In total, 1809 licence applications have been received including those passported through from our old registration scheme

Some properties changed hands and others reduced numbers out of mandatory licensing before we issued licences and we have issued 50% refunds to the 128 properties in this category.

Other properties that have transferred ownership, or where the passported licences have already expired, have been issued with new licences which currently total 148

Now we are dealing with new applications and looking forward to dealing with approximately 200 applications this year, mainly for those properties issued with registrations just before the introduction of licensing. It is currently 2 months from an application to issue of the draft licence

Our priority in 2010/11 is to identify and take action against landlords who have not applied for a licence.

Houses in Multiple Occupation –
Outside Mandatory Licensing

•8290 total number of HMOs with 1461 of these licensed

•Approx 6500 outside mandatory licensing

•Majority 4 bedroom student houses

•Some areas 75% student houses

•Other areas less dense but less well managed

In total we have 8290 HMOs in the City the majority of which do not require an HMO Licence. Whilst we know that some houses still require an application, and we are actively following these up, that leaves approximately 6500 not requiring a licence

Of these the vast majority are 4 bedroom houses occupied by students, mainly in the city centre and close by – within walking distance of the two universities. With a steady migration towards the city centre, some of the outlying HMOs have reduced in occupation to encourage use, and others have returned to owner occupation or single family lets.

Some streets in a small area of the city have student occupation running at up to 75%. Whilst many of the houses themselves are very good quality with excellent facilities and sound fire protection we also have houses in poorer condition in those areas and there problems with the concentration of so many students in the areas

Another area has less density of occupation but overall the house types are poorer and so are the management standards and we have just embarked upon an effort to drive up standards in this area.

Working with Landlords

Responsible landlord scheme

•Launched 2003

•Minimum standards for physical condition and management

•449 members at March 2010

•1090 private dwellings

•Benefits include discounted tipping.

• Trade fair

Working with landlords

The Responsible Landlord Scheme was launched in 2003 to support and encourage private landlords to improve standards in the private rented sector. The scheme includes a minimum standard for the physical condition of properties, and also the standard of management.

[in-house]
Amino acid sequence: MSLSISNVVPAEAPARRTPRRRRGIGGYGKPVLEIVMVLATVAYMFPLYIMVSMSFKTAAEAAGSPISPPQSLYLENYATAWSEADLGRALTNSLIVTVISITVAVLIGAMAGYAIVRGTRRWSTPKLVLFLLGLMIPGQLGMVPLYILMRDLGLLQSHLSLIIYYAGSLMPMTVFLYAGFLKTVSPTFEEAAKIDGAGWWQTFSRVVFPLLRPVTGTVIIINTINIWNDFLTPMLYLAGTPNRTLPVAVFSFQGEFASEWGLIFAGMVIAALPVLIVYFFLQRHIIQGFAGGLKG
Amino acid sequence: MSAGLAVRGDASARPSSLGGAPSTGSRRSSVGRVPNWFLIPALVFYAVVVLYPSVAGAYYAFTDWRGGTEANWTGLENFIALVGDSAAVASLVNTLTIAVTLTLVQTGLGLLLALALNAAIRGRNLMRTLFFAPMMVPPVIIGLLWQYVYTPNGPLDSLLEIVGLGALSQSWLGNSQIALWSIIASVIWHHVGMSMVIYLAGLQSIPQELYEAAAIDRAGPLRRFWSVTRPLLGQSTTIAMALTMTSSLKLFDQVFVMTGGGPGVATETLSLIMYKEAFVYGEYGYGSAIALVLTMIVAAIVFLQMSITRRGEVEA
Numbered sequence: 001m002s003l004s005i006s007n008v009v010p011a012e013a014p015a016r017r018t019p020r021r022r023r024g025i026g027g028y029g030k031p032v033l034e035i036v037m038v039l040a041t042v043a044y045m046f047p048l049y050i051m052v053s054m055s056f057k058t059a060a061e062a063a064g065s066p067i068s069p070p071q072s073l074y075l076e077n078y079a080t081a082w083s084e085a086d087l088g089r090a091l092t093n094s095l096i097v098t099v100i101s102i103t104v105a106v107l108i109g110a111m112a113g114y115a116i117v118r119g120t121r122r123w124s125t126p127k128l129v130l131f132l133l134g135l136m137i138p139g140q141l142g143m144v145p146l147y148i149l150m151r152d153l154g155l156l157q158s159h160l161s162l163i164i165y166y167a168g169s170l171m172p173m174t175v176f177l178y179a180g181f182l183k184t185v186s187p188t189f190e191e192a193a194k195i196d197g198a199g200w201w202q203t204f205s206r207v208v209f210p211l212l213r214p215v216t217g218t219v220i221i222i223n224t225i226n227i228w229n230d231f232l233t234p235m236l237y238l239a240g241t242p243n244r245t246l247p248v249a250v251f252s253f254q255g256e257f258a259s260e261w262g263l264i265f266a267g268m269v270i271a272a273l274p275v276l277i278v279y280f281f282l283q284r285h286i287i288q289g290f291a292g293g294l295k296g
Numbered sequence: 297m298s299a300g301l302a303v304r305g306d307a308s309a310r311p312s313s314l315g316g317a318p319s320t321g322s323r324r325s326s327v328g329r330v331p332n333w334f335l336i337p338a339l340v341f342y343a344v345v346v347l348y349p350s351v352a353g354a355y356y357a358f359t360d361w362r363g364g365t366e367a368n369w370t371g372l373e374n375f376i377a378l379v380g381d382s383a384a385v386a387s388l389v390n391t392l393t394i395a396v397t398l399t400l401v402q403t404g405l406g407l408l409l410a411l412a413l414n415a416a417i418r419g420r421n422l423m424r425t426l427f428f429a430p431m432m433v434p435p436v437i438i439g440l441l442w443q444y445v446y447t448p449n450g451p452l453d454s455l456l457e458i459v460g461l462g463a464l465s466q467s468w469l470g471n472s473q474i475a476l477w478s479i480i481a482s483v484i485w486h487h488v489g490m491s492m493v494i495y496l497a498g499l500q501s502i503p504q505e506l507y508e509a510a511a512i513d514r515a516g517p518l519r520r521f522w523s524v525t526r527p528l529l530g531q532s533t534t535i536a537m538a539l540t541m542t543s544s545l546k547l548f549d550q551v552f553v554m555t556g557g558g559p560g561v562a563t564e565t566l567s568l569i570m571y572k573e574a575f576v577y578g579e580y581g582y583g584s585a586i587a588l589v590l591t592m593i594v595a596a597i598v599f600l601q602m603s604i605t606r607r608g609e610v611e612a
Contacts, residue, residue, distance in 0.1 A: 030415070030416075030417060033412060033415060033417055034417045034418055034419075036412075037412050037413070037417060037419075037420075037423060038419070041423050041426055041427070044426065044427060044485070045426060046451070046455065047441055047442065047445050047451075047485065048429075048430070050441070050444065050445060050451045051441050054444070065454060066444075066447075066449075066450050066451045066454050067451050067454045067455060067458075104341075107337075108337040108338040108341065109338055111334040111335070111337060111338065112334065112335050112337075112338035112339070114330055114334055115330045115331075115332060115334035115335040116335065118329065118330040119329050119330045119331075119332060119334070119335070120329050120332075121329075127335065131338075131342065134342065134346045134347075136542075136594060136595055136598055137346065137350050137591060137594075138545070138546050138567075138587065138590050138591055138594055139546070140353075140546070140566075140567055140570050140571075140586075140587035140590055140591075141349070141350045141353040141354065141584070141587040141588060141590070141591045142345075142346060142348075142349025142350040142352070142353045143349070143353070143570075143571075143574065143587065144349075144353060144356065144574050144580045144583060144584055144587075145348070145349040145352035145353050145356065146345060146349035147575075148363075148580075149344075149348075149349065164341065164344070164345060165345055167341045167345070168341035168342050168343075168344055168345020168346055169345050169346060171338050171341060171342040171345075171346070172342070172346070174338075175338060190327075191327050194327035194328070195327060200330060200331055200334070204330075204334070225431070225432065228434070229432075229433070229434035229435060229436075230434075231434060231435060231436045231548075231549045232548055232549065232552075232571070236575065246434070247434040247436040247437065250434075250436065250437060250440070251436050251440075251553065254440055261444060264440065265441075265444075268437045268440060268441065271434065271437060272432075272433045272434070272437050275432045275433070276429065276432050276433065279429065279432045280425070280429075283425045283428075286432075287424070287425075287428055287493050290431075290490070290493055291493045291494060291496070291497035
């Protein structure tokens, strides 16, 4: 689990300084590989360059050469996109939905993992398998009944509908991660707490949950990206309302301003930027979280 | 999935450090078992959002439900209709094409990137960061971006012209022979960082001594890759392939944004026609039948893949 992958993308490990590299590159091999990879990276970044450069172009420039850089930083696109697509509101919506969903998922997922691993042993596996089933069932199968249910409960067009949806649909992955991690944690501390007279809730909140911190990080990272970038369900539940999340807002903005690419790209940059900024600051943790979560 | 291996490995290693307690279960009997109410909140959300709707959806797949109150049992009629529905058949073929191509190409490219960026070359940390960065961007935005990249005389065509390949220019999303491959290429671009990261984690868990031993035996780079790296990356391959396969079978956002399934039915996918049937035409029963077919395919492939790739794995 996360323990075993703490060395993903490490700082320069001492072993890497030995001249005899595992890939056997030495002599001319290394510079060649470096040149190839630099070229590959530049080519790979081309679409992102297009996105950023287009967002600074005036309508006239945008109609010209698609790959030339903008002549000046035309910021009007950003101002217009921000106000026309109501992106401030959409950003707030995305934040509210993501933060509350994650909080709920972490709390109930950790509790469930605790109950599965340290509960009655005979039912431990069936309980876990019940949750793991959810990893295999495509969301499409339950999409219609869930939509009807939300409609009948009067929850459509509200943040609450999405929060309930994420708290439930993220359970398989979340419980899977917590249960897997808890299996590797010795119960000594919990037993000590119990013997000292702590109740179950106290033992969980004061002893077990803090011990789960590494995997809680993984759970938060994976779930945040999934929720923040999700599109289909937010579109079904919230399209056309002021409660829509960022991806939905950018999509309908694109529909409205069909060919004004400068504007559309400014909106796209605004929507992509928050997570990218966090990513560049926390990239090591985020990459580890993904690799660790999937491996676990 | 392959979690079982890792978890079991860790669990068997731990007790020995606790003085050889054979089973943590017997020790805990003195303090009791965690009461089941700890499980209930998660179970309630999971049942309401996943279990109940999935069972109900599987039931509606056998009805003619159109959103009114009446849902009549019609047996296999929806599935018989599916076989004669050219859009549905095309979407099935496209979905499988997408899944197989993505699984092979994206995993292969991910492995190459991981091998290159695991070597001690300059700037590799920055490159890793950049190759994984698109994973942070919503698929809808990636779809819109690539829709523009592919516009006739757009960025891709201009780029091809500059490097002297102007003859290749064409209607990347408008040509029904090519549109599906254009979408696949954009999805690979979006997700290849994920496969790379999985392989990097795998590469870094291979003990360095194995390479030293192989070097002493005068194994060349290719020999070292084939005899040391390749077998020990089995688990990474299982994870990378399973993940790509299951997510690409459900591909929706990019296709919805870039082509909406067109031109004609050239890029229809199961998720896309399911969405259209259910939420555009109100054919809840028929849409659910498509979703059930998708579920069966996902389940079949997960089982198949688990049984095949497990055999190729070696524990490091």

There are benefits to landlords as part of the scheme including free advertising on the Property Shop website. We also make sure that landlords who we work in partnership with are members, such as those who house clients through our Homelessness service.

By March 2010 the scheme had 449 members who together manage over 1090 privately rented dwellings.

The second Trade Fair for landlords was held at DonValley stadium and was attended by 250 visitors.

We also regularly arrange landlord forums and landlord training sessions at a community based advice centres.I would like to thank both Universities in Sheffield for their help and support with the scheme.

Working with Landlords

•3 E’s - Education, Encouragement, Enforcement

•Informal Action – 176 cases

•Formal Action – 32 cases

•Works on 14 notices

Working with Landlords

We always prefer to work with landlords through education and encouragement, and informal action that embraces these principals

In cases where owners of properties are unwilling to work with us, after education and encouragement, and to protect private renting tenants we have to take enforcement action.

During 2009/10 we served 176 informal notices requesting works to be carried out to properties. We only had to resort to formal action in 32 cases, the majority of which have been complied with.

Where necessary, we have carried out the ‘work in default’ and charged the owner with the costs of the work.


I’ve given you a brief look into Sheffield, its housing and in particular its HMOs

It only remains for me to wish you all a successful conference and say that I hope that now you have seen the beauty of Sheffield you will return in the future.